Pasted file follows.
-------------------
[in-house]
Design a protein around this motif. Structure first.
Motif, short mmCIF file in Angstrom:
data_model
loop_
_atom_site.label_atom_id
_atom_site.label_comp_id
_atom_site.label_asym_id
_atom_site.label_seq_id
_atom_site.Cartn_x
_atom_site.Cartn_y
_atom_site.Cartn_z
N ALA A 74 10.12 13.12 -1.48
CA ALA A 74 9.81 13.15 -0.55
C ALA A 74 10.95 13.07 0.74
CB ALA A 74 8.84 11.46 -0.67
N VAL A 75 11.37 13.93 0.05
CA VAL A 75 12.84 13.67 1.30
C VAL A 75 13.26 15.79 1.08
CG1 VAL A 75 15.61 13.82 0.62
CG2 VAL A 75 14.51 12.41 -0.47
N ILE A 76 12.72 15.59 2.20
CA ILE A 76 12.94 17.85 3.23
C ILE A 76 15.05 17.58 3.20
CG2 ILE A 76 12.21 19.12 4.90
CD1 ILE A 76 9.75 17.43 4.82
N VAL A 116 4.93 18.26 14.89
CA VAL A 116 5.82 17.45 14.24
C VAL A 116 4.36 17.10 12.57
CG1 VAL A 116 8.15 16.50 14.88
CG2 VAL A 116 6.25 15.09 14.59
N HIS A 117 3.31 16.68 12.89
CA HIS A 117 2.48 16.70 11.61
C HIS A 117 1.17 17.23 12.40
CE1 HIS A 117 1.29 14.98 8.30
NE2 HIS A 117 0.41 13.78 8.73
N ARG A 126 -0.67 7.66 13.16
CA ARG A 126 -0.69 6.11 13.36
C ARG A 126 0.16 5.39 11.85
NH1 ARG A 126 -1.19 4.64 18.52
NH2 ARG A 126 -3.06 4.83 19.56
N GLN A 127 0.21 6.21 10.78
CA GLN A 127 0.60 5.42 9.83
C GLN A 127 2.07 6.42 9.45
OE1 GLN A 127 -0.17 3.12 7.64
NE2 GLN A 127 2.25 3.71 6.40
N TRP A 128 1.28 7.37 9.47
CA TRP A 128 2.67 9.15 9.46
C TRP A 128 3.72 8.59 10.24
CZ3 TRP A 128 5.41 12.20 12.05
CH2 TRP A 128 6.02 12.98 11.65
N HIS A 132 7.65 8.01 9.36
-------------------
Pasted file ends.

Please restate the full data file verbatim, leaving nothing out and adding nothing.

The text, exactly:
[in-house]
Design a protein around this motif. Structure first.
Motif, short mmCIF file in Angstrom:
data_model
loop_
_atom_site.label_atom_id
_atom_site.label_comp_id
_atom_site.label_asym_id
_atom_site.label_seq_id
_atom_site.Cartn_x
_atom_site.Cartn_y
_atom_site.Cartn_z
N ALA A 74 10.12 13.12 -1.48
CA ALA A 74 9.81 13.15 -0.55
C ALA A 74 10.95 13.07 0.74
CB ALA A 74 8.84 11.46 -0.67
N VAL A 75 11.37 13.93 0.05
CA VAL A 75 12.84 13.67 1.30
C VAL A 75 13.26 15.79 1.08
CG1 VAL A 75 15.61 13.82 0.62
CG2 VAL A 75 14.51 12.41 -0.47
N ILE A 76 12.72 15.59 2.20
CA ILE A 76 12.94 17.85 3.23
C ILE A 76 15.05 17.58 3.20
CG2 ILE A 76 12.21 19.12 4.90
CD1 ILE A 76 9.75 17.43 4.82
N VAL A 116 4.93 18.26 14.89
CA VAL A 116 5.82 17.45 14.24
C VAL A 116 4.36 17.10 12.57
CG1 VAL A 116 8.15 16.50 14.88
CG2 VAL A 116 6.25 15.09 14.59
N HIS A 117 3.31 16.68 12.89
CA HIS A 117 2.48 16.70 11.61
C HIS A 117 1.17 17.23 12.40
CE1 HIS A 117 1.29 14.98 8.30
NE2 HIS A 117 0.41 13.78 8.73
N ARG A 126 -0.67 7.66 13.16
CA ARG A 126 -0.69 6.11 13.36
C ARG A 126 0.16 5.39 11.85
NH1 ARG A 126 -1.19 4.64 18.52
NH2 ARG A 126 -3.06 4.83 19.56
N GLN A 127 0.21 6.21 10.78
CA GLN A 127 0.60 5.42 9.83
C GLN A 127 2.07 6.42 9.45
OE1 GLN A 127 -0.17 3.12 7.64
NE2 GLN A 127 2.25 3.71 6.40
N TRP A 128 1.28 7.37 9.47
CA TRP A 128 2.67 9.15 9.46
C TRP A 128 3.72 8.59 10.24
CZ3 TRP A 128 5.41 12.20 12.05
CH2 TRP A 128 6.02 12.98 11.65
N HIS A 132 7.65 8.01 9.36